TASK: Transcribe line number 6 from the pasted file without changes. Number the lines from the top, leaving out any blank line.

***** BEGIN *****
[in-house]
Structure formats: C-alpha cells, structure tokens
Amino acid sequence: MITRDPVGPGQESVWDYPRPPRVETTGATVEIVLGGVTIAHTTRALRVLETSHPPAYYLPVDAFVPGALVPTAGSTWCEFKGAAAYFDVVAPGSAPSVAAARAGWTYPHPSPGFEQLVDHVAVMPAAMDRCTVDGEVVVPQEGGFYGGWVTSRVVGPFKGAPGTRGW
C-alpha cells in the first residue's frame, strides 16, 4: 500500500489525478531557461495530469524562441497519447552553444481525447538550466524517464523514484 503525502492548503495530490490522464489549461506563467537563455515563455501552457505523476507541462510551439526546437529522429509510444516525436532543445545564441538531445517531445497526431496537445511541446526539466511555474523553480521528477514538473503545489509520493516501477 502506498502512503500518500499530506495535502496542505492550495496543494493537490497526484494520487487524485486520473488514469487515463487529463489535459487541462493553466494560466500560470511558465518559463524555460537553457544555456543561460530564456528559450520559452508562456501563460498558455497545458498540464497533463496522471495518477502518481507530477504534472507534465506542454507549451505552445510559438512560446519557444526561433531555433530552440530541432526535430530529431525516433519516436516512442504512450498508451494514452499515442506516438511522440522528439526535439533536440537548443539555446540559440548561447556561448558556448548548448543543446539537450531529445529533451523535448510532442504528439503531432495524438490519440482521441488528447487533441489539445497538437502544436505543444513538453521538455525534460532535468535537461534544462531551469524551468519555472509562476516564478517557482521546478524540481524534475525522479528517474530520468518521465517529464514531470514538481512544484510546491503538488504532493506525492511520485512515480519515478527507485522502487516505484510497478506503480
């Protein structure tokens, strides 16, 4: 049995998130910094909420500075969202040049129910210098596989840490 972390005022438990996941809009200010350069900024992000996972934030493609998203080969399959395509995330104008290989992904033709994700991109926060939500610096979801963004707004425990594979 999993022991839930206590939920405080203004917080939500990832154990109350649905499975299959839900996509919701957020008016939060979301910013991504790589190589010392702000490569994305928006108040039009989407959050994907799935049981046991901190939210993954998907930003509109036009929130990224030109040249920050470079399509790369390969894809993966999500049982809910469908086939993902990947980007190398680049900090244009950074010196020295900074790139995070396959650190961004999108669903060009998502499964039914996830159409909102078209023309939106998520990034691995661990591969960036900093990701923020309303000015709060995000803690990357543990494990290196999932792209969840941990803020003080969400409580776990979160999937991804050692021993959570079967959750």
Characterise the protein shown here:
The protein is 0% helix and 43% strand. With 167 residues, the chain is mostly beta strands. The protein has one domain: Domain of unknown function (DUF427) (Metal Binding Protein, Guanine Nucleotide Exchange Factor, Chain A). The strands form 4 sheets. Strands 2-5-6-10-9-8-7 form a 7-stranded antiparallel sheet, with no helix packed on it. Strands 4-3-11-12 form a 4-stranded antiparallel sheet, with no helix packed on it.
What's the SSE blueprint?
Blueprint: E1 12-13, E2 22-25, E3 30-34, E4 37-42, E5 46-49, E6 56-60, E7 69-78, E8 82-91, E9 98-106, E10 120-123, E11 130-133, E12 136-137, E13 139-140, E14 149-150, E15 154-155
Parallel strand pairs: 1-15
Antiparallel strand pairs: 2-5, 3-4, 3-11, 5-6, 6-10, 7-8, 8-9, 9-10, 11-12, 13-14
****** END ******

Characterise the protein shown here: